Strength Measurement. The nature of strength is always difficult to define. The strong runner, the strong shot-putter and the strong jumper clearly have little in common and yet we consistently lump strength attributes together as if we are looking for the same result for each event.
- Strength Endurance - the ability to move a light resistance for an extended period of time
- Absolute Dynamic Strength - the maximum force that a muscle can generate and apply to create movement
- Absolute Static Strength - the maximum force that a muscle can generate and apply without producing movement
- Reactive Strength - the maximum force that muscles can apply in response to a force in the opposite direction
- Power - which most people confuse with 'strength', but is actually the absolute dynamic strength multiplied by the speed it can be applied.
From these it is clear that different events/sports need different 'strengths', and different 'strengths' need different training methods.
Strength Evaluation Tests
The following are examples of core strength tests:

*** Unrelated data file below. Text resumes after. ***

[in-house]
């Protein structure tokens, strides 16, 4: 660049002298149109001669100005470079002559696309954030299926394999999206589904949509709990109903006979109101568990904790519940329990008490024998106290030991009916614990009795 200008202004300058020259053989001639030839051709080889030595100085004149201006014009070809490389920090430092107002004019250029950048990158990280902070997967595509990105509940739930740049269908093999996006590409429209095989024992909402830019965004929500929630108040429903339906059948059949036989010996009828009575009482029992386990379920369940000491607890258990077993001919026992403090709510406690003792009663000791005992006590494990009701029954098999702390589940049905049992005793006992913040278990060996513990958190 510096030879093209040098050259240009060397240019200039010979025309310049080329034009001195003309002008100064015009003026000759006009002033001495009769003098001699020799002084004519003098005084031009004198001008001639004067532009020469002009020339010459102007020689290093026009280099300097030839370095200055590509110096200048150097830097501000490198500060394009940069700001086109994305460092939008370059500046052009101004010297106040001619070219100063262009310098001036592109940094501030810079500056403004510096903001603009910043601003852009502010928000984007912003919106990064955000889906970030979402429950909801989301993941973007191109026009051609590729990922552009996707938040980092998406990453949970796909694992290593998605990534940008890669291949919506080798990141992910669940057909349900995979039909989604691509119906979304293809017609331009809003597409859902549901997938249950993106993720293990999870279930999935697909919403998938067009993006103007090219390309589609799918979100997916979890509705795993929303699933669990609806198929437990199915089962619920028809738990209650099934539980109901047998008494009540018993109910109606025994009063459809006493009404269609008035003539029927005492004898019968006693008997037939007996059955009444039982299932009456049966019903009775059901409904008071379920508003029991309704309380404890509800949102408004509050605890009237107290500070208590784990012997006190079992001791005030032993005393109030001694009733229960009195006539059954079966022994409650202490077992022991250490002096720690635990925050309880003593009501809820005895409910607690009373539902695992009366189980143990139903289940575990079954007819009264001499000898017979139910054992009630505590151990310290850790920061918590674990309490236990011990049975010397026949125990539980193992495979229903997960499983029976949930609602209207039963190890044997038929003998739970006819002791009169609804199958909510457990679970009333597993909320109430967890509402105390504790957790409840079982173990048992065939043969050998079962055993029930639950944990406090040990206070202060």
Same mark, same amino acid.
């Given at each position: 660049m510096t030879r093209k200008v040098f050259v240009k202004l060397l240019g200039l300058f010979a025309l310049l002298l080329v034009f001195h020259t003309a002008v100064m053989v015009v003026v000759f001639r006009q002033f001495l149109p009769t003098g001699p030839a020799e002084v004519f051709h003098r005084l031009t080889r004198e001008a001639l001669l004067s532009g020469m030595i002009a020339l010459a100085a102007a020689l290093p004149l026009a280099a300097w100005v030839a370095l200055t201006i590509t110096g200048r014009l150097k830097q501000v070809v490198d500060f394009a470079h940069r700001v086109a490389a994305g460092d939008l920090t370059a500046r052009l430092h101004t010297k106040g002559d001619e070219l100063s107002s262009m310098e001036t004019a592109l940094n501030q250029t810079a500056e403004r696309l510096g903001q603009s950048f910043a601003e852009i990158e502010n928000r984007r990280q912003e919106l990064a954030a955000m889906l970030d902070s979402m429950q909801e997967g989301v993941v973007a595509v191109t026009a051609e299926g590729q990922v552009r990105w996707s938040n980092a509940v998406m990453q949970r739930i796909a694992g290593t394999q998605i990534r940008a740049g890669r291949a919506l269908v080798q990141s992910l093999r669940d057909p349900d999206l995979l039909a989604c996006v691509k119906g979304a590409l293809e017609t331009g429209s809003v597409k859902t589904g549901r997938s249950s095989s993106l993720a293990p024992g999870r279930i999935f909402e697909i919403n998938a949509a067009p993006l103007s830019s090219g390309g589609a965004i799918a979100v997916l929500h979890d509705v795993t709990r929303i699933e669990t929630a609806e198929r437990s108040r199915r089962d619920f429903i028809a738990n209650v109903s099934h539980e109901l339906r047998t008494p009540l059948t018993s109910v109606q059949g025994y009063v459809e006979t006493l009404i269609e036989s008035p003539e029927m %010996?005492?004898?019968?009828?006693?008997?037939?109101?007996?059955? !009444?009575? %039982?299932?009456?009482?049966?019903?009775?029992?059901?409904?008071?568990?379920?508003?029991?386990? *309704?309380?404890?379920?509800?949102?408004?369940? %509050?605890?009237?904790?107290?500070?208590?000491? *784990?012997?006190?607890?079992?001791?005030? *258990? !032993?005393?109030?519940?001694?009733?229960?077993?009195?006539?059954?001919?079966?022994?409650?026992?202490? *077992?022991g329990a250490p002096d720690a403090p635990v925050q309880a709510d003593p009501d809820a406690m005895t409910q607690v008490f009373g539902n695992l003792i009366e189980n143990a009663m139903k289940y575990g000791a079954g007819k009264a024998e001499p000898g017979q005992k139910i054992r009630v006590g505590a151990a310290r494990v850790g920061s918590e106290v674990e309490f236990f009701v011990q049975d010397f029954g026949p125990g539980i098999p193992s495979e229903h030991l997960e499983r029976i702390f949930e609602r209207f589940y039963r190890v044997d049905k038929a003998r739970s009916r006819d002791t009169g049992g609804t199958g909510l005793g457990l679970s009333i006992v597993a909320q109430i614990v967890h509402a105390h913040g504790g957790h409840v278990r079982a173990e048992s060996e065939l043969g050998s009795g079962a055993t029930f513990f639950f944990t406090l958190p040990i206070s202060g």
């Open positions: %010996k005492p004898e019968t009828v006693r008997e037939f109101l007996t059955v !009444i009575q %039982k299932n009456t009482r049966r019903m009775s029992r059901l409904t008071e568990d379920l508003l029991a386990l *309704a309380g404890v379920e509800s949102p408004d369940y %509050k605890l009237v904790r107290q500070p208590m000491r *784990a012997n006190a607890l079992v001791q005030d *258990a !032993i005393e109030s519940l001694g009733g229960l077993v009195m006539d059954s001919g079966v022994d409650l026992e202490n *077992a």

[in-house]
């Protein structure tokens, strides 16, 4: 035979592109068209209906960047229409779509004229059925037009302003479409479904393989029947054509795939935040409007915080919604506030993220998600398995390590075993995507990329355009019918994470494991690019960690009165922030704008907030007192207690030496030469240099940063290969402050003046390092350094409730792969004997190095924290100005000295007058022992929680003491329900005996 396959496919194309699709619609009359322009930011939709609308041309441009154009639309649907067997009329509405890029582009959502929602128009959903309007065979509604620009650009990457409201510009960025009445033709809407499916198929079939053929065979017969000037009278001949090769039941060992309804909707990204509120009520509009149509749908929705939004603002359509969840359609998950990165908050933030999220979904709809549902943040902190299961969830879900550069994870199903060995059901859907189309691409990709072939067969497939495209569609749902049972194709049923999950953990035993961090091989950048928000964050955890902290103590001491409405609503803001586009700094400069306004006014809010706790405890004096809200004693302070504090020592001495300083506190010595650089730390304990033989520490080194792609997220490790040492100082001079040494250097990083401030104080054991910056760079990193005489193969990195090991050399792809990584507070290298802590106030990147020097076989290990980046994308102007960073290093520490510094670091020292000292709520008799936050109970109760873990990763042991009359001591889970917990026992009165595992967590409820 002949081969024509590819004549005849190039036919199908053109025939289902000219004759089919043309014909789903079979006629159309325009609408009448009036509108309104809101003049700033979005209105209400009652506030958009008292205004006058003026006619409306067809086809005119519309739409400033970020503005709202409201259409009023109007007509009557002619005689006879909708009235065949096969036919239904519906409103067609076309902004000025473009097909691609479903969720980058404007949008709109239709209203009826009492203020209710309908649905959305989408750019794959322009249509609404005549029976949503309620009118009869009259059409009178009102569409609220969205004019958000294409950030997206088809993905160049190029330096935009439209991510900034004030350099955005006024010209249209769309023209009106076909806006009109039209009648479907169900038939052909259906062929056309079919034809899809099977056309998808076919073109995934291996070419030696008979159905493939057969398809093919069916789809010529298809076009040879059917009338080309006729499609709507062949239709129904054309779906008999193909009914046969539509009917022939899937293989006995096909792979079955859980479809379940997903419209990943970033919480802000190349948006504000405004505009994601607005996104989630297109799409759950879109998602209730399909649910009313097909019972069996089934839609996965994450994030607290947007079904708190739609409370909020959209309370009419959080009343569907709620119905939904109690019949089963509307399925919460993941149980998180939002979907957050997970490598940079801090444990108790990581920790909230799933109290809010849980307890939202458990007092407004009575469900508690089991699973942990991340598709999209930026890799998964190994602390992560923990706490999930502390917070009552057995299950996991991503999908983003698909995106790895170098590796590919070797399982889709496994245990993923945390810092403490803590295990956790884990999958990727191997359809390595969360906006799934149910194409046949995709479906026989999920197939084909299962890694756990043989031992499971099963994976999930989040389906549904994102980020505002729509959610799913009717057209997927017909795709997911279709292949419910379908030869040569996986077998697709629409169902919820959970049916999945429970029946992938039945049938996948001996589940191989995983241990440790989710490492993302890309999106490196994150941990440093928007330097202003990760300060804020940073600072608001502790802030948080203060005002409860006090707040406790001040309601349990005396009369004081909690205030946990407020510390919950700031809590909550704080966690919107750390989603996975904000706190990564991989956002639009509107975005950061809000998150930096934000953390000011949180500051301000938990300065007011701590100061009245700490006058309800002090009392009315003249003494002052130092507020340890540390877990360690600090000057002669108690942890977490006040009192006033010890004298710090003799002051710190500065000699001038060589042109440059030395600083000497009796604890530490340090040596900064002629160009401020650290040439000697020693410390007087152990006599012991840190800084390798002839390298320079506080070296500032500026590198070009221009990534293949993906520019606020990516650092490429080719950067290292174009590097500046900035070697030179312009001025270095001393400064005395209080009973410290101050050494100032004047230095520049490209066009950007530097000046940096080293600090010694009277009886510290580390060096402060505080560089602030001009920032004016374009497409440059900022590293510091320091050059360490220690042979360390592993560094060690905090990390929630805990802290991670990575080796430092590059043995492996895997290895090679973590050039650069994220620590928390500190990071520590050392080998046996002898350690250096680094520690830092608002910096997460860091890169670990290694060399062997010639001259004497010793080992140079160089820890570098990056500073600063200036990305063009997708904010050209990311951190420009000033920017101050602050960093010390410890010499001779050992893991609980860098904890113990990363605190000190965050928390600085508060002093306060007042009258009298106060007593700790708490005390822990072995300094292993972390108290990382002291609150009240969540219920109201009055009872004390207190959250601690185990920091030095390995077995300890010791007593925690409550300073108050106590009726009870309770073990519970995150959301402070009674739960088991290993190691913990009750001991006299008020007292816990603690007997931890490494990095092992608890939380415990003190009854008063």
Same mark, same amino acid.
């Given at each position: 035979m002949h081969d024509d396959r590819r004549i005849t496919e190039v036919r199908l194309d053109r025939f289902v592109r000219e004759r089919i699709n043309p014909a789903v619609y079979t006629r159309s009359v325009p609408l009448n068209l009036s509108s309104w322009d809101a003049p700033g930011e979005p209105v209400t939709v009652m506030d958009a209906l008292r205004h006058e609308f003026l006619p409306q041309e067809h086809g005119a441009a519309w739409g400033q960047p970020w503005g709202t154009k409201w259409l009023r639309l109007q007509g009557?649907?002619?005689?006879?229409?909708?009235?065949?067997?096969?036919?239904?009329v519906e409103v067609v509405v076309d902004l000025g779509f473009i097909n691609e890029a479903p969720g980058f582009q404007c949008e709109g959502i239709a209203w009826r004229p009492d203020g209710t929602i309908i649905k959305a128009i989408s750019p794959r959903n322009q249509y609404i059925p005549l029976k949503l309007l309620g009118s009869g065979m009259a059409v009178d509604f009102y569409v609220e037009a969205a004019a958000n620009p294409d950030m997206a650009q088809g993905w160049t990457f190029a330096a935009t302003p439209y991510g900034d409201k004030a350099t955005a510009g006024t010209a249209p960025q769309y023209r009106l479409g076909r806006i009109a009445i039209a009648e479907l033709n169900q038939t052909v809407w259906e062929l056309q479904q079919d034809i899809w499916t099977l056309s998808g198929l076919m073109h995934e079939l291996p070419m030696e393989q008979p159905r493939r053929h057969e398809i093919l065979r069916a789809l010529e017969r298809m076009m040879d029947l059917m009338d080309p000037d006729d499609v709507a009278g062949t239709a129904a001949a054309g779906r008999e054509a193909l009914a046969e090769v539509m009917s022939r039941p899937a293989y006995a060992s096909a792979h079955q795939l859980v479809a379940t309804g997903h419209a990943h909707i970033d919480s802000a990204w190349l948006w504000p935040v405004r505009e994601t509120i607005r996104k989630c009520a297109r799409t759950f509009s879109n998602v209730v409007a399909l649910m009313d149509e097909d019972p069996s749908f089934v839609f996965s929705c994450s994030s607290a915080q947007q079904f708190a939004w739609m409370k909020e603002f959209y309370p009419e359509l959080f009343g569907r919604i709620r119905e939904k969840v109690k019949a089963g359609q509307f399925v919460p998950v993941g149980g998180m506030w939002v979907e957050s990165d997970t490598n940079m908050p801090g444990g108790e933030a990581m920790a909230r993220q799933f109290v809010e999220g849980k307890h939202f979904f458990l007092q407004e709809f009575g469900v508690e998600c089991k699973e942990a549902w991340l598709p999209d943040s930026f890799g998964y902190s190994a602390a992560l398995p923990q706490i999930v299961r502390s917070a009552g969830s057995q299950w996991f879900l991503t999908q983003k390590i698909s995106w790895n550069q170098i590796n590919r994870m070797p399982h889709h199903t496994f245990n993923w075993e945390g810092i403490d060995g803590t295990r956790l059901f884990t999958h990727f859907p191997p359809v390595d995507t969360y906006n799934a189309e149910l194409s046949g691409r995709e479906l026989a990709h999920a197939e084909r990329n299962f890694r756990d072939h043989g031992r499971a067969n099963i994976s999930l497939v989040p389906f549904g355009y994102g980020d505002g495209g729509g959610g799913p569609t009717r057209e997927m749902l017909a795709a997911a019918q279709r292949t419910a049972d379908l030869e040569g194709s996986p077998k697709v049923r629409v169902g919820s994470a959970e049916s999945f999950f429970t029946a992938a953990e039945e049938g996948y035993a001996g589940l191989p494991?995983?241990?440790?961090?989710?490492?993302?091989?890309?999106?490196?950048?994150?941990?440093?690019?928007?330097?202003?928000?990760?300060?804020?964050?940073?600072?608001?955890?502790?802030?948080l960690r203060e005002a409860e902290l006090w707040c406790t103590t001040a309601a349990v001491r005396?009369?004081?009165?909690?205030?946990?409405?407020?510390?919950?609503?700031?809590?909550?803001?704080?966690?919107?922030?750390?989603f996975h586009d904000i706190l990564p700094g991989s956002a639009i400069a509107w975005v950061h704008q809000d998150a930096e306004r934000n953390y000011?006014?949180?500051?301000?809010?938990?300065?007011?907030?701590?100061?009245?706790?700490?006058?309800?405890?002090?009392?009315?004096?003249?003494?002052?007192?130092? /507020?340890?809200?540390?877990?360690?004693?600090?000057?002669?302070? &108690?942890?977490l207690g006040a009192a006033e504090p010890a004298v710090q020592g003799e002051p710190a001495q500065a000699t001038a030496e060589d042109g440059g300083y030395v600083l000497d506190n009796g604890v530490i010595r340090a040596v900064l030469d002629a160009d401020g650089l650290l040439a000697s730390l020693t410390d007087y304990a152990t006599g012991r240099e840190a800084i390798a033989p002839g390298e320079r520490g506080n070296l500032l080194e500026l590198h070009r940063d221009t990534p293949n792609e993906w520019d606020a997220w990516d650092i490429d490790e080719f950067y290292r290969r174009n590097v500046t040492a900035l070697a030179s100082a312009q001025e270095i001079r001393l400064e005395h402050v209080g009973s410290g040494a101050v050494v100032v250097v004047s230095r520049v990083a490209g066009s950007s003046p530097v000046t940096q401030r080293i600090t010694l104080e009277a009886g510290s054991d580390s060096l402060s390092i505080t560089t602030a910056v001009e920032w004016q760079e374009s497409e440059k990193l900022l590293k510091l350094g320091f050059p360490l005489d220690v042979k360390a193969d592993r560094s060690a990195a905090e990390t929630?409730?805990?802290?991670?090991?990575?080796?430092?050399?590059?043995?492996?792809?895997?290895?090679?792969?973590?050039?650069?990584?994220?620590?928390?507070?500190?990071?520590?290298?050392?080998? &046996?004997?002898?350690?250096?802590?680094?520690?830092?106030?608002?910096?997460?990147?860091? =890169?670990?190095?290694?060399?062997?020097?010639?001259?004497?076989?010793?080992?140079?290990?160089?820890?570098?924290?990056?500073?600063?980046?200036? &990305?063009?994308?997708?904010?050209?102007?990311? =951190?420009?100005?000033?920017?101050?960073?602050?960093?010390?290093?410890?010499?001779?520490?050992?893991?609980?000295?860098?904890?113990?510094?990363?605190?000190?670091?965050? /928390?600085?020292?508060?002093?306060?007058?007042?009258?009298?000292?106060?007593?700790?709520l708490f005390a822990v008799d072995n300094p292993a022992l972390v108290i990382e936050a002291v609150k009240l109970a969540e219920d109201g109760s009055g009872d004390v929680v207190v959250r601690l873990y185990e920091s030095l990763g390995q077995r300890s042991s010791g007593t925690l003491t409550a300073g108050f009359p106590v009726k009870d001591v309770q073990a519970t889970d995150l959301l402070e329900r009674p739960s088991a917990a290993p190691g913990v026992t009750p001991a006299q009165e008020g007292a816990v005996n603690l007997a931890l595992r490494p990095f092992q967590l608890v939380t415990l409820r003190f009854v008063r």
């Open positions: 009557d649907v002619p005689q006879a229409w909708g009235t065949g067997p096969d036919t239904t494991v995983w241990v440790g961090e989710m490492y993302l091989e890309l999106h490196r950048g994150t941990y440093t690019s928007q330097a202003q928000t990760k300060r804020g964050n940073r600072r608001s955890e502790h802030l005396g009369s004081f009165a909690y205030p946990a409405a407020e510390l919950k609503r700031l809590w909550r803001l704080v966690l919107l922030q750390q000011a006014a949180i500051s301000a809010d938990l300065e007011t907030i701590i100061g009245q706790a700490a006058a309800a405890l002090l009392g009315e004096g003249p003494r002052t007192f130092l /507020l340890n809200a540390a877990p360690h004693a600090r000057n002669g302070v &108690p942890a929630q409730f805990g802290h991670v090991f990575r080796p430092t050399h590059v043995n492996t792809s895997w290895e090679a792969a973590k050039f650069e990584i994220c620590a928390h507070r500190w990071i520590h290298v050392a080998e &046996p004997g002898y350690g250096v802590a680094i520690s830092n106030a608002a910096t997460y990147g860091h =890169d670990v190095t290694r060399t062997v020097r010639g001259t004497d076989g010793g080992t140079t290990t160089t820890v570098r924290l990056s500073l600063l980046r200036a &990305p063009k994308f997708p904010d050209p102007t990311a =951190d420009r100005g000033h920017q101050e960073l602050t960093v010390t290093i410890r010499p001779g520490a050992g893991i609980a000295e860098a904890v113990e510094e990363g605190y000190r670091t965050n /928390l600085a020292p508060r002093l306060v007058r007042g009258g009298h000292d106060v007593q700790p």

- Core muscle strength and stability test
- Curl up test
- Canadian crunch test
- Sit ups test.
The following are examples of elastic strength tests:
- Jumps decathlon
- Leg strength test
- Standing long jump test
- Sprint bound Index test
- Sergeant jump test.
The following are examples of general strength tests:
- Chin up test
- Grip strength test
- Medicine ball javelin quadrathlon
- Push Up/Press up test
- Bench press test
- Universal bench press test
- Metronome bench press test
- Overhead press test
- Leg press test
- Leg curl test
- Dynamic knee extension test
- Bicep curl test
- Squats test
- Handgrip strength test
- Wall squat test
- Flexed arm hang test.
The following are examples of general strength and aerobic tests:
- The McCloy physical fitness test
- The Quadrathlon
- The Wilf Paish rugby football tests.
Mackenzie, Brian. 2005. 101 Performance Evalution Test. Electric World Plc. London.